- Submitting a CARE team report can facilitate access to case management, emergency funds and coaching regarding administrative policies, as well as referral to mental-health services at the MSU Counseling Center or medical services at the Health Center at Auraria.
Still thirsty? Take a SIP of this:
Daniel J. Siegel, M.D., presents a wonderful video on YouTube explaining the “Hand Model” that demonstrates what happens when we become overstressed. Siegel delves further into this topic in his book, Mindsight: The New Science of Personal Transformation.
The HeartMath Experience can help you activate your humanity and compassion and bring your physical, mental and emotional systems into alignment, all of which will help you to better serve your students.
Thirsty for a Strong Instructional Practice?
In a recent conversation on Teams, students were commiserating about the tough upcoming month, the last month of the semester. Several students shared that they were behind on reading or didn’t feel particularly confident about the last exam. Typical mid-semester blues. One student said, “I always fall asleep while watching the lectures.”
There it was – the first sign, for me, that maybe remote learning is beginning to normalize and that students’ learning needs in the Before Times are also the learning needs of Now. In other words, what disengaged students before disengages them today. Who hasn’t seen a student nod off during a lecture? And while we’re showing scars, whose head hasn’t bobbed up and down during a conference panel? It isn’t necessarily that the content is boring or that we’re even tired; it’s that active learning requires active listening and interacting.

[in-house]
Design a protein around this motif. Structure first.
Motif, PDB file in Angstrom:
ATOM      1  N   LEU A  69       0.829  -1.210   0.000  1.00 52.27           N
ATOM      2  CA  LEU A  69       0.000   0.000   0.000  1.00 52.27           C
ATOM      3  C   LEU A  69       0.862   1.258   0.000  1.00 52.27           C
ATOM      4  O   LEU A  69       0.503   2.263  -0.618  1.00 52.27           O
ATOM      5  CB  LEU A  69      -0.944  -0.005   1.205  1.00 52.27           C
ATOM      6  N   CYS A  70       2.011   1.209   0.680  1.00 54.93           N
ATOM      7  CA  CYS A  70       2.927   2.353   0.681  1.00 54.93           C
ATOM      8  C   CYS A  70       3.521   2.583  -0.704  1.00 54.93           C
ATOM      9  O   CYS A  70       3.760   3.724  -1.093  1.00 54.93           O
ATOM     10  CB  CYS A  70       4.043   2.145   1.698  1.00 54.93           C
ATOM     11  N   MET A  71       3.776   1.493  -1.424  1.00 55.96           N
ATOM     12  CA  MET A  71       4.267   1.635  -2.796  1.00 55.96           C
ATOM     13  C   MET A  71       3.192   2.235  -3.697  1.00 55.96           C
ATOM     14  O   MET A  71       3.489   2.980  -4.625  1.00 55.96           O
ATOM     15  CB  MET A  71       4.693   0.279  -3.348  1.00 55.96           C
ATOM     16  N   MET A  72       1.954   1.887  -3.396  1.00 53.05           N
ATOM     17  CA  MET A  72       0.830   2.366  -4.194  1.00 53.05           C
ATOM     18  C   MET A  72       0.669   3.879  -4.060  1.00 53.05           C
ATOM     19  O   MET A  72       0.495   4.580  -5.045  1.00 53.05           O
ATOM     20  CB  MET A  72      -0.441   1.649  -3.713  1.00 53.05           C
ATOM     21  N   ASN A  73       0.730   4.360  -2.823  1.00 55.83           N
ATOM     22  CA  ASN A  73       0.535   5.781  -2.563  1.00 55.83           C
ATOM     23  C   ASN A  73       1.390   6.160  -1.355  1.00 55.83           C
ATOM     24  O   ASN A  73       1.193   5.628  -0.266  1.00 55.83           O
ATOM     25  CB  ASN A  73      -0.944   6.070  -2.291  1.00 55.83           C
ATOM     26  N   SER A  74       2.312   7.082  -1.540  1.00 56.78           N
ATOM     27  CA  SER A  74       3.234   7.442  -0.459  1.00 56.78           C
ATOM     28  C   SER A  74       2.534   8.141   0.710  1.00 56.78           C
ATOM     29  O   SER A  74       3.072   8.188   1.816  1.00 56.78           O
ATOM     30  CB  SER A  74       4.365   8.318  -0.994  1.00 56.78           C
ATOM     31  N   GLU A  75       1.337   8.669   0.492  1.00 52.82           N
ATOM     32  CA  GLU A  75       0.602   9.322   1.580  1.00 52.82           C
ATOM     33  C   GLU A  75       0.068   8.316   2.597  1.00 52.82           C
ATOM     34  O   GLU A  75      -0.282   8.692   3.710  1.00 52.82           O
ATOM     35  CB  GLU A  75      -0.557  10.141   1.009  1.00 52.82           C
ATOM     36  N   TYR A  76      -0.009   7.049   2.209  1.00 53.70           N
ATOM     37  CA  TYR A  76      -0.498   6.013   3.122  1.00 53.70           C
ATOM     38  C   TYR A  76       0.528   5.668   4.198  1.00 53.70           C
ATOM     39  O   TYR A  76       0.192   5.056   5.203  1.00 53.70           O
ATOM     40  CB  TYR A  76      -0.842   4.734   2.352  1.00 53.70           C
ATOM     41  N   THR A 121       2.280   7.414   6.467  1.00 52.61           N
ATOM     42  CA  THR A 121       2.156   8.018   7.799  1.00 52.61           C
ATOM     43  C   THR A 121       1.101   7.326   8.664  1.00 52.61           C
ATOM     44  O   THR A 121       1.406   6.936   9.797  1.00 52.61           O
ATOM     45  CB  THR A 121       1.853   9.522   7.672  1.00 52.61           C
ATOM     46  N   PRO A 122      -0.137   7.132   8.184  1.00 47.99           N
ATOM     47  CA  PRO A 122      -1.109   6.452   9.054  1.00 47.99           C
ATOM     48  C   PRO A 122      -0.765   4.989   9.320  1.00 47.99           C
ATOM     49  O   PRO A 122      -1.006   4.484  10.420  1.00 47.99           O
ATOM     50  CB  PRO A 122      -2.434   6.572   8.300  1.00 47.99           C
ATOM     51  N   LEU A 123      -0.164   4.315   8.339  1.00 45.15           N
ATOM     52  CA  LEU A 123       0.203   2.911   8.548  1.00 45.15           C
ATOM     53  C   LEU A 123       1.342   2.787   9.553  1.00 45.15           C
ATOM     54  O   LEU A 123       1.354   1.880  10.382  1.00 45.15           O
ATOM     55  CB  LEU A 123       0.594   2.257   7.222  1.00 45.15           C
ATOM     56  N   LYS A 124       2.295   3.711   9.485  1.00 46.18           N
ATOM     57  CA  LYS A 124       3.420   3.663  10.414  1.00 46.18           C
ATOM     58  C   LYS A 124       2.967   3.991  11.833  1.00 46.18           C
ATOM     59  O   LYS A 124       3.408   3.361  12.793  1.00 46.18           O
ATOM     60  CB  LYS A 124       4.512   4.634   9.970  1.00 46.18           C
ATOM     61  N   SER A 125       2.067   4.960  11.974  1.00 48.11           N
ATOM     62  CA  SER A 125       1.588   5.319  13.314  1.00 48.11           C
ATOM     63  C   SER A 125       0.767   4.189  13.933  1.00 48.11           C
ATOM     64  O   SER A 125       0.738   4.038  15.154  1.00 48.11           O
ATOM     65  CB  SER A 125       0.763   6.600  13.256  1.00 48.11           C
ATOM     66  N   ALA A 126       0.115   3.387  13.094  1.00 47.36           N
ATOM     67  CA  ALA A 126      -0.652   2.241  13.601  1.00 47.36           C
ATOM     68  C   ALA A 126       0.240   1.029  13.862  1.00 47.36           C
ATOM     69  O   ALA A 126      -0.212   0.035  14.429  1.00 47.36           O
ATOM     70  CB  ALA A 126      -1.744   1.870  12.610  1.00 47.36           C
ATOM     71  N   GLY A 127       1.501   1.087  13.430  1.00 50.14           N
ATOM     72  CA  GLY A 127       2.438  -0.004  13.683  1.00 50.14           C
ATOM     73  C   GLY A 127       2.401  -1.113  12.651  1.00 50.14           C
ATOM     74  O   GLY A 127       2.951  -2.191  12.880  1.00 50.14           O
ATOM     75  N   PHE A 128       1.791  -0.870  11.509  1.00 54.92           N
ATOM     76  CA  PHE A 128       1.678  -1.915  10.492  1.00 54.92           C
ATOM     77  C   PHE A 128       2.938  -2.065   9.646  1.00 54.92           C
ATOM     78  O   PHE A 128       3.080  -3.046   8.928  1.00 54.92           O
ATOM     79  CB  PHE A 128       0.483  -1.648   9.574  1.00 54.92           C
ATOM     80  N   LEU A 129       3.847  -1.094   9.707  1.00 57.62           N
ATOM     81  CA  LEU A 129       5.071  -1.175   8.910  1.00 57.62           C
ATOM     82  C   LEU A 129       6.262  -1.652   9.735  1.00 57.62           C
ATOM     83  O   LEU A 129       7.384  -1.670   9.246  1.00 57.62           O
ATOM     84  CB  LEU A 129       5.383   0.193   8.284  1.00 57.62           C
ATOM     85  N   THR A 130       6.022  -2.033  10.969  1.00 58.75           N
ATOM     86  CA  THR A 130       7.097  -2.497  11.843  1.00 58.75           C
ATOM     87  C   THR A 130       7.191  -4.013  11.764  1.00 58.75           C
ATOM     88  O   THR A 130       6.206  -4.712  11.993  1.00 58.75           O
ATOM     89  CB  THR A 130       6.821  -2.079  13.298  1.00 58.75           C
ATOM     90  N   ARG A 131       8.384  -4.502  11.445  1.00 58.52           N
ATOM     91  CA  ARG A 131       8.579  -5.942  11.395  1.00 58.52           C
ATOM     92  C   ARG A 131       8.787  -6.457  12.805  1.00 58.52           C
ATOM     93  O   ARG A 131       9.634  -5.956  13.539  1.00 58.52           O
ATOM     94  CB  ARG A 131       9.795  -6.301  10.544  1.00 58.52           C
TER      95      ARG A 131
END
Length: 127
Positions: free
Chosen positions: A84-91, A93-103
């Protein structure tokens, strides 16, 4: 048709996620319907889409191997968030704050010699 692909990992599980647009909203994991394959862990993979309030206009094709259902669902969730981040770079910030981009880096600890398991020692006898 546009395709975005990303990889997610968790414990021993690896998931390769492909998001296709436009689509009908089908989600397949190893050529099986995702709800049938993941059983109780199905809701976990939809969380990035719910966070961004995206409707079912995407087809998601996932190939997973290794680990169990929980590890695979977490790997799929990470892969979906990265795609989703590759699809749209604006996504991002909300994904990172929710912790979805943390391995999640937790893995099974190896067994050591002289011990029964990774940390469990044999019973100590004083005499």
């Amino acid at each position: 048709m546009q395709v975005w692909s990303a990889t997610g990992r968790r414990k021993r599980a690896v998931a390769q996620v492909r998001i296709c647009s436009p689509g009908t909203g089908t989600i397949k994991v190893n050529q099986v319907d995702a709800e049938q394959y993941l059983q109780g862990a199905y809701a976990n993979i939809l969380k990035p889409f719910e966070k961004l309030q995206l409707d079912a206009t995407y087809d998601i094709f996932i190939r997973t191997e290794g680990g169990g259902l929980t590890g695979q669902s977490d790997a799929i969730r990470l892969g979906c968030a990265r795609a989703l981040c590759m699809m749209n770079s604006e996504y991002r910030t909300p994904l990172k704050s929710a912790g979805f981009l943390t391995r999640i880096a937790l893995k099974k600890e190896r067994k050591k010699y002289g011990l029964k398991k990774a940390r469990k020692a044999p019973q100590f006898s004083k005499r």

Over the years, we’ve shared a variety of SIPs (Examples: SIP 9.11, SIP 10.2, SIP 10:12, SIP 10:13, SIP 13.11) on how to facilitate inclusive, active learning. In face-to-face class lectures, many of us have shown film clips, played audio clips, drawn on the whiteboard, hung posters or broadcast memes in PowerPoints. All of this is adaptable to remote learning. Last week, in SIP 13.11, we shared tips for recharging the enthusiasm in your remote learning courses. This week, we’re continuing this theme with suggestions for successfully incorporating video clips into your synchronous and asynchronous lessons. Video clips provide high-tech with high-touch outcomes that enliven digital lectures and increase student engagement.
Take a SIP of this: Use Video Clips to Enhance Learning
First, decide which content within your lesson could work well in a short visual moment.
The majority of your students have grown up using Instagram, Snapchat and other social media and technologies. They understand the 60-second video. However, not all content can be condensed into a short clip. Incorporating video clips into a lecture is similar to incorporating research into an academic article. Some information serves well in a summary (the video-clip equivalent), and other information works best quoted at length (assigning the entire film).
Second, decide your “why.”
- Is the objective of the video clip to create spontaneity or to relieve some intensity?
In your face-to-face classrooms, you might have shared a funny meme or clip to lighten the pressure of the lecture. A few video-clip “Easter eggs” (a message or image hidden in your clip) embedded in your digital lecture would garner the same release while increasing student comprehension (if the Easter eggs added another layer to the lecture) or friendly competition among classmates (think: gaming). Chemistry students at Boston University (“Incorporating an Online Interactive Video Platform to Optimize Active Learning and Improve Student Accountability Through Educational Videos”) have been using EdPuzzle to interact with lecture videos. The free version of EdPuzzle allows you to insert open-ended questions, multiple-choice questions and images into your closed-captioned videos. Imagine interactive clips inside a longer video. EdPuzzle integrates with Canvas and links with YouTube, TED Talks and Khan Academy.